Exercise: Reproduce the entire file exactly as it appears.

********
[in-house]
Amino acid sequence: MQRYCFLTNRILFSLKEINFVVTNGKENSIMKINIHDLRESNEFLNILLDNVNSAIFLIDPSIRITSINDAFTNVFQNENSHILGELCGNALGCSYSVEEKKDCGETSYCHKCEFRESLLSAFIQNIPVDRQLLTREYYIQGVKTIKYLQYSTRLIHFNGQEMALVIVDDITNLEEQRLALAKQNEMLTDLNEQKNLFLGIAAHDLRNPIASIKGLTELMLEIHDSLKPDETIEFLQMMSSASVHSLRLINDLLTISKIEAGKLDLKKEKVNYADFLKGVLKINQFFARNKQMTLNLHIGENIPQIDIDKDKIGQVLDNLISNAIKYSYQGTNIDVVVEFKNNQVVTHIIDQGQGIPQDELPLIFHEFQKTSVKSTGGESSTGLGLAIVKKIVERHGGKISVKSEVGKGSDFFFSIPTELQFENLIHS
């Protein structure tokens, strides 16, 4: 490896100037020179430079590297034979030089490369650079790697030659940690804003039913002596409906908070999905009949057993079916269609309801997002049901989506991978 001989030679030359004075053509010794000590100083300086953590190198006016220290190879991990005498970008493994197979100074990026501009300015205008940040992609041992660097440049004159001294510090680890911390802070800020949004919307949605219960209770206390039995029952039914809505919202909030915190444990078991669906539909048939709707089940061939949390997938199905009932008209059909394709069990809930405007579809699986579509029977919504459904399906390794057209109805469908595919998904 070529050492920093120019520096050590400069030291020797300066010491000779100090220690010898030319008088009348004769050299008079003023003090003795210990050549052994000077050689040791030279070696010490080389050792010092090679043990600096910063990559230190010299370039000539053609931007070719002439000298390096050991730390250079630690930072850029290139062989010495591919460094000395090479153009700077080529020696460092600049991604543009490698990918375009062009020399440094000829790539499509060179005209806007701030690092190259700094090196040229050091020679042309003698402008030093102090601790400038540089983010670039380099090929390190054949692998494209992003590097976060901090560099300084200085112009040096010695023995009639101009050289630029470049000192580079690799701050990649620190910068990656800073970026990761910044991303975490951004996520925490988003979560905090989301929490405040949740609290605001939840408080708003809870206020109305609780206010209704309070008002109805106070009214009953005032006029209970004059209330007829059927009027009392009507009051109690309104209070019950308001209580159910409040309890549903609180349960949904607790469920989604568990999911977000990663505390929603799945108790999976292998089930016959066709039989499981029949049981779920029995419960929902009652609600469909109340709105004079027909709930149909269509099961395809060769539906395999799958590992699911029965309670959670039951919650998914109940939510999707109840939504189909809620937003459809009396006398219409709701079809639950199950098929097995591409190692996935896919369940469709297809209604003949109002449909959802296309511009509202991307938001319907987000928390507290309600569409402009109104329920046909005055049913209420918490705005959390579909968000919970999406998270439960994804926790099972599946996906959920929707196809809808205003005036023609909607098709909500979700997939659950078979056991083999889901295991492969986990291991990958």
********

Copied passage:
[in-house]
Amino acid sequence: MQRYCFLTNRILFSLKEINFVVTNGKENSIMKINIHDLRESNEFLNILLDNVNSAIFLIDPSIRITSINDAFTNVFQNENSHILGELCGNALGCSYSVEEKKDCGETSYCHKCEFRESLLSAFIQNIPVDRQLLTREYYIQGVKTIKYLQYSTRLIHFNGQEMALVIVDDITNLEEQRLALAKQNEMLTDLNEQKNLFLGIAAHDLRNPIASIKGLTELMLEIHDSLKPDETIEFLQMMSSASVHSLRLINDLLTISKIEAGKLDLKKEKVNYADFLKGVLKINQFFARNKQMTLNLHIGENIPQIDIDKDKIGQVLDNLISNAIKYSYQGTNIDVVVEFKNNQVVTHIIDQGQGIPQDELPLIFHEFQKTSVKSTGGESSTGLGLAIVKKIVERHGGKISVKSEVGKGSDFFFSIPTELQFENLIHS
């Protein structure tokens, strides 16, 4: 490896100037020179430079590297034979030089490369650079790697030659940690804003039913002596409906908070999905009949057993079916269609309801997002049901989506991978 001989030679030359004075053509010794000590100083300086953590190198006016220290190879991990005498970008493994197979100074990026501009300015205008940040992609041992660097440049004159001294510090680890911390802070800020949004919307949605219960209770206390039995029952039914809505919202909030915190444990078991669906539909048939709707089940061939949390997938199905009932008209059909394709069990809930405007579809699986579509029977919504459904399906390794057209109805469908595919998904 070529050492920093120019520096050590400069030291020797300066010491000779100090220690010898030319008088009348004769050299008079003023003090003795210990050549052994000077050689040791030279070696010490080389050792010092090679043990600096910063990559230190010299370039000539053609931007070719002439000298390096050991730390250079630690930072850029290139062989010495591919460094000395090479153009700077080529020696460092600049991604543009490698990918375009062009020399440094000829790539499509060179005209806007701030690092190259700094090196040229050091020679042309003698402008030093102090601790400038540089983010670039380099090929390190054949692998494209992003590097976060901090560099300084200085112009040096010695023995009639101009050289630029470049000192580079690799701050990649620190910068990656800073970026990761910044991303975490951004996520925490988003979560905090989301929490405040949740609290605001939840408080708003809870206020109305609780206010209704309070008002109805106070009214009953005032006029209970004059209330007829059927009027009392009507009051109690309104209070019950308001209580159910409040309890549903609180349960949904607790469920989604568990999911977000990663505390929603799945108790999976292998089930016959066709039989499981029949049981779920029995419960929902009652609600469909109340709105004079027909709930149909269509099961395809060769539906395999799958590992699911029965309670959670039951919650998914109940939510999707109840939504189909809620937003459809009396006398219409709701079809639950199950098929097995591409190692996935896919369940469709297809209604003949109002449909959802296309511009509202991307938001319907987000928390507290309600569409402009109104329920046909005055049913209420918490705005959390579909968000919970999406998270439960994804926790099972599946996906959920929707196809809808205003005036023609909607098709909500979700997939659950078979056991083999889901295991492969986990291991990958």